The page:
Comment out the whole <Connector port=”8080″ protocol=”HTTP” …> element.

That’s about it for the installation. Any comment or suggestion is very welcomed.

[Updated: September 25, 2007] After the installation, we might have a problem of accessing the web server from outside network such as LAN. One possible cause is a Firewall settting. We can create rules in iptables or we can use a firewall front end program to do it for us. I use Firestarter to write a rule for allowing in-bound and out-bound HTTP service through port 80. In Debian, we can use Synaptic software package manager for installing the Firestarter program. [Note: I still cannot access my web server from outside my school LAN.]

[Updated: September 28, 2007] Since my school is too restricted regarding setting up a server, I cannot get a Static IP address for my Debian Etch machine. I think that to allow outside network (LAN) to access the server we need to setup static IP in Debian Etch first (default installation using DHCP). We cannot get static IP address only by issuing “/sbin/ifconfig” command, because it is usually a danamic IP address from DHCP server.

Advertisements
This entry was posted in Linux. Bookmark the permalink.

14 Responses to Installation of Apache 2.2.6, Tomcat 6.0.14 and Mod_JK Connector 1.2.25 on Debian Etch

  1. Marc says:

    Thank you for posting the information.

    Have you tried to install the tomcat-connector statically?

    ./configure \
    –with-apache=”/path/to/httpd-2.2.6-sources”

    It seems that APR on httpd-2.2.6 is preventing me to successfully compile the connector.

    Thank you!

  2. mrtextminer says:

    Sorry. I have not tried to do it that way.

  3. Fabio says:

    Very Good !!! Tank you !!!

  4. Absar Mirza says:

    Thanks a million. It was of great help.

  5. jango says:

    Thanks a lot, It is great to have one a stop resource with all the instructions.

  6. Euler says:

    Hey Pal,

    that’s a great “quick reference”! I test in windows environment and everything works! good job!!! 🙂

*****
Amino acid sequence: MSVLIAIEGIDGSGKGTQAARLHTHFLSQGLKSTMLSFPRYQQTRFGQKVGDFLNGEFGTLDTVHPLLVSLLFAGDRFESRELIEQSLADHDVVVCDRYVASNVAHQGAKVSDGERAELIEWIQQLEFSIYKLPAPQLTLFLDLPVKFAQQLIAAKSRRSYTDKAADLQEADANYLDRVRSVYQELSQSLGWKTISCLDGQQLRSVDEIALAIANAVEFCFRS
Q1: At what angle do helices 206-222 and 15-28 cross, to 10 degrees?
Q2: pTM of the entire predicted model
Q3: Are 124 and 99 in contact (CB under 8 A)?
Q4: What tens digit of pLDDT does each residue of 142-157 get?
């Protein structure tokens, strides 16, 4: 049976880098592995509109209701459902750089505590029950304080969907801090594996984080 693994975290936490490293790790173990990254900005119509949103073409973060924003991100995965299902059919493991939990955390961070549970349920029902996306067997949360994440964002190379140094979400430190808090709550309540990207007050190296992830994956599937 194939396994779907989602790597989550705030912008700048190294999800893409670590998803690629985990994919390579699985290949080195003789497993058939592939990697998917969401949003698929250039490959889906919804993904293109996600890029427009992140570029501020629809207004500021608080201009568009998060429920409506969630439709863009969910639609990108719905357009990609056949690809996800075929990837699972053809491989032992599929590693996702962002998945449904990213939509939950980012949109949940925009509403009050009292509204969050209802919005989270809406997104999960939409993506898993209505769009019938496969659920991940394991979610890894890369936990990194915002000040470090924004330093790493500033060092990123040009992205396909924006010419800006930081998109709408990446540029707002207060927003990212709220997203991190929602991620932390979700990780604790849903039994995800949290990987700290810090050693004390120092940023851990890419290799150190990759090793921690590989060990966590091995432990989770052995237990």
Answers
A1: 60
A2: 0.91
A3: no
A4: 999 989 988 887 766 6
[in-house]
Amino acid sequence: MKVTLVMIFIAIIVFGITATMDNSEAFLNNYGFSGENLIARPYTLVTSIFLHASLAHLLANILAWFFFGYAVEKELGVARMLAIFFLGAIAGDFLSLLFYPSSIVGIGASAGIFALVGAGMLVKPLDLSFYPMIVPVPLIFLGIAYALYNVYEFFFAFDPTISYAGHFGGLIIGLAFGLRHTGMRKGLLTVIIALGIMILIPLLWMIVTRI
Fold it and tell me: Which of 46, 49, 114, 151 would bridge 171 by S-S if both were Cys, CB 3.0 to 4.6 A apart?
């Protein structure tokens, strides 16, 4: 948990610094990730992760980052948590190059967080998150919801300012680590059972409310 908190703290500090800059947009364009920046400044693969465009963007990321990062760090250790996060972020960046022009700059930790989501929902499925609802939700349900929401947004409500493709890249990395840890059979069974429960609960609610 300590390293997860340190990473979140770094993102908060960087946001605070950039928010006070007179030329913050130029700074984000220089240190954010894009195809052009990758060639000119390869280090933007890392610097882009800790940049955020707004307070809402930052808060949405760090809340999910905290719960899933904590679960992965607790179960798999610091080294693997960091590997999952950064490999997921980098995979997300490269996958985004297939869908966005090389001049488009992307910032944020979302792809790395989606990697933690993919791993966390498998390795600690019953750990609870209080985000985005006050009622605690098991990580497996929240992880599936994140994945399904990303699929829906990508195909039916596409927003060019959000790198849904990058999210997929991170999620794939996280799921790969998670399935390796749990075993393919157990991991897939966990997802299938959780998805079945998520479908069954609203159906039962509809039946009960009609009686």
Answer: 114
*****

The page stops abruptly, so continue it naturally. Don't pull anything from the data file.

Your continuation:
7. simon says:

    Great instructions. Thanks for posting.

  8. Johan says:

    Tnx for the help.

    I followed your advices but it might had been much easier to just type one commando:

    $ apt-get install libapache2-mod-jk2 (or jk on older -v)

    , on a debian (ubuntu) with jdk1.5 and apache2. And
    then enable the mod_jk module with 2 symbolic links on /etc/apache2/mod-enable.

    (ref:
    http://www.howtoforge.com/apache2_tomcat5_mod_jk_p2)

  9. lwpro2 says:

    just make sure apache load the mod_jk.so module, forward request to certain worker, which connect through tomcat ajp1.3 port correctly, not the tomcat service port.! that’s all.

  10. Eric says:

    Thank you sooooo much !

  11. Charles says:

    Thank you very much!

    You are The Best!

  12. Vinesh says:

    Thanks a lot.

  13. Manojkumar says:

    Hi
    Thanks a lot for such a clear steps to install apache-tomcat.

  14. Kee says:

    Thanks a lot! It works well for me. I’ve installed Apache 2.2.x, Tomcat6 and mod_jk-1.2.37 in Redhat.

Leave a Reply

Fill in your details below or click an icon to log in:

WordPress.com Logo

You are commenting using your WordPress.com account. Log Out / Change )

Twitter picture

You are commenting using your Twitter account. Log Out / Change )

Facebook photo

You are commenting using your Facebook account. Log Out / Change )

Google+ photo

You are commenting using your Google+ account. Log Out / Change )

Connecting to %s